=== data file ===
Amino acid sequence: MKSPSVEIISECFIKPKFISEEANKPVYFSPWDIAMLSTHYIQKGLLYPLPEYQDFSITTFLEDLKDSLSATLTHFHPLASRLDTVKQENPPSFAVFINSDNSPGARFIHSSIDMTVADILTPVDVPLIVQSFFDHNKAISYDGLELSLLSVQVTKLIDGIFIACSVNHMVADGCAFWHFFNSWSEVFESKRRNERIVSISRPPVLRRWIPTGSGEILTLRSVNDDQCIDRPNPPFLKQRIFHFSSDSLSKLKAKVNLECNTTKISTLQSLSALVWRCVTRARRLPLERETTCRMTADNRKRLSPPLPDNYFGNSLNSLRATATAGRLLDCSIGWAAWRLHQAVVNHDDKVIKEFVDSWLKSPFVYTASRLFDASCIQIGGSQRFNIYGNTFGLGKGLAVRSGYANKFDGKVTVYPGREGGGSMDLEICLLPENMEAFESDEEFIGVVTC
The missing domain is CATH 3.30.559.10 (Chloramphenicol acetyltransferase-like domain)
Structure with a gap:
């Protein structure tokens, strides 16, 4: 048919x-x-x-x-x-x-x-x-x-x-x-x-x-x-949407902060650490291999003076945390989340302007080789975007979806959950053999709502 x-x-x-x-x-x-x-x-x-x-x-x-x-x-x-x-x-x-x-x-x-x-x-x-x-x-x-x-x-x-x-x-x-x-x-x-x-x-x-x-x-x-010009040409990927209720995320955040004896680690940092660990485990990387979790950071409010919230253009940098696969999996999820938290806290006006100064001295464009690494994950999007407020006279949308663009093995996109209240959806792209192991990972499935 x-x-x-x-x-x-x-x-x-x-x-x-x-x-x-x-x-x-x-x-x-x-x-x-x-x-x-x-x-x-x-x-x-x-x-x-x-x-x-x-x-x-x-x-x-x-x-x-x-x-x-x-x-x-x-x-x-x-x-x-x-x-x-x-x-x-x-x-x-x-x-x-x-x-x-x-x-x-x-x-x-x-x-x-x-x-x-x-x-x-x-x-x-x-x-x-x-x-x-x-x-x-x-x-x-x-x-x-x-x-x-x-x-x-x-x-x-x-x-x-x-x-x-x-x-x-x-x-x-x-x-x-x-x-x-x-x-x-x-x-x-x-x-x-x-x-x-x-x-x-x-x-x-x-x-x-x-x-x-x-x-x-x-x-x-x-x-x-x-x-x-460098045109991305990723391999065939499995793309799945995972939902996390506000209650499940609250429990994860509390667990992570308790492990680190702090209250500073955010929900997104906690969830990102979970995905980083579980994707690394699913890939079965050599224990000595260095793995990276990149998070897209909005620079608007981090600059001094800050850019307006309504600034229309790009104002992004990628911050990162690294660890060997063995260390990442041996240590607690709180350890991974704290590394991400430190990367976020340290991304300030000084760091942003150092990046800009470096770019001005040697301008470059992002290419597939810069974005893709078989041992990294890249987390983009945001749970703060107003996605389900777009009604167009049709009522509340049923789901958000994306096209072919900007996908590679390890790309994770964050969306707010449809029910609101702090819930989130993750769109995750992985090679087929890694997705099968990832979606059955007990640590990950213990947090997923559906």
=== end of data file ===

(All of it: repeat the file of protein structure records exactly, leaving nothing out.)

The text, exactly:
Amino acid sequence: MKSPSVEIISECFIKPKFISEEANKPVYFSPWDIAMLSTHYIQKGLLYPLPEYQDFSITTFLEDLKDSLSATLTHFHPLASRLDTVKQENPPSFAVFINSDNSPGARFIHSSIDMTVADILTPVDVPLIVQSFFDHNKAISYDGLELSLLSVQVTKLIDGIFIACSVNHMVADGCAFWHFFNSWSEVFESKRRNERIVSISRPPVLRRWIPTGSGEILTLRSVNDDQCIDRPNPPFLKQRIFHFSSDSLSKLKAKVNLECNTTKISTLQSLSALVWRCVTRARRLPLERETTCRMTADNRKRLSPPLPDNYFGNSLNSLRATATAGRLLDCSIGWAAWRLHQAVVNHDDKVIKEFVDSWLKSPFVYTASRLFDASCIQIGGSQRFNIYGNTFGLGKGLAVRSGYANKFDGKVTVYPGREGGGSMDLEICLLPENMEAFESDEEFIGVVTC
The missing domain is CATH 3.30.559.10 (Chloramphenicol acetyltransferase-like domain)
Structure with a gap:
């Protein structure tokens, strides 16, 4: 048919x-x-x-x-x-x-x-x-x-x-x-x-x-x-949407902060650490291999003076945390989340302007080789975007979806959950053999709502 x-x-x-x-x-x-x-x-x-x-x-x-x-x-x-x-x-x-x-x-x-x-x-x-x-x-x-x-x-x-x-x-x-x-x-x-x-x-x-x-x-x-010009040409990927209720995320955040004896680690940092660990485990990387979790950071409010919230253009940098696969999996999820938290806290006006100064001295464009690494994950999007407020006279949308663009093995996109209240959806792209192991990972499935 x-x-x-x-x-x-x-x-x-x-x-x-x-x-x-x-x-x-x-x-x-x-x-x-x-x-x-x-x-x-x-x-x-x-x-x-x-x-x-x-x-x-x-x-x-x-x-x-x-x-x-x-x-x-x-x-x-x-x-x-x-x-x-x-x-x-x-x-x-x-x-x-x-x-x-x-x-x-x-x-x-x-x-x-x-x-x-x-x-x-x-x-x-x-x-x-x-x-x-x-x-x-x-x-x-x-x-x-x-x-x-x-x-x-x-x-x-x-x-x-x-x-x-x-x-x-x-x-x-x-x-x-x-x-x-x-x-x-x-x-x-x-x-x-x-x-x-x-x-x-x-x-x-x-x-x-x-x-x-x-x-x-x-x-x-x-x-x-x-x-x-460098045109991305990723391999065939499995793309799945995972939902996390506000209650499940609250429990994860509390667990992570308790492990680190702090209250500073955010929900997104906690969830990102979970995905980083579980994707690394699913890939079965050599224990000595260095793995990276990149998070897209909005620079608007981090600059001094800050850019307006309504600034229309790009104002992004990628911050990162690294660890060997063995260390990442041996240590607690709180350890991974704290590394991400430190990367976020340290991304300030000084760091942003150092990046800009470096770019001005040697301008470059992002290419597939810069974005893709078989041992990294890249987390983009945001749970703060107003996605389900777009009604167009049709009522509340049923789901958000994306096209072919900007996908590679390890790309994770964050969306707010449809029910609101702090819930989130993750769109995750992985090679087929890694997705099968990832979606059955007990640590990950213990947090997923559906």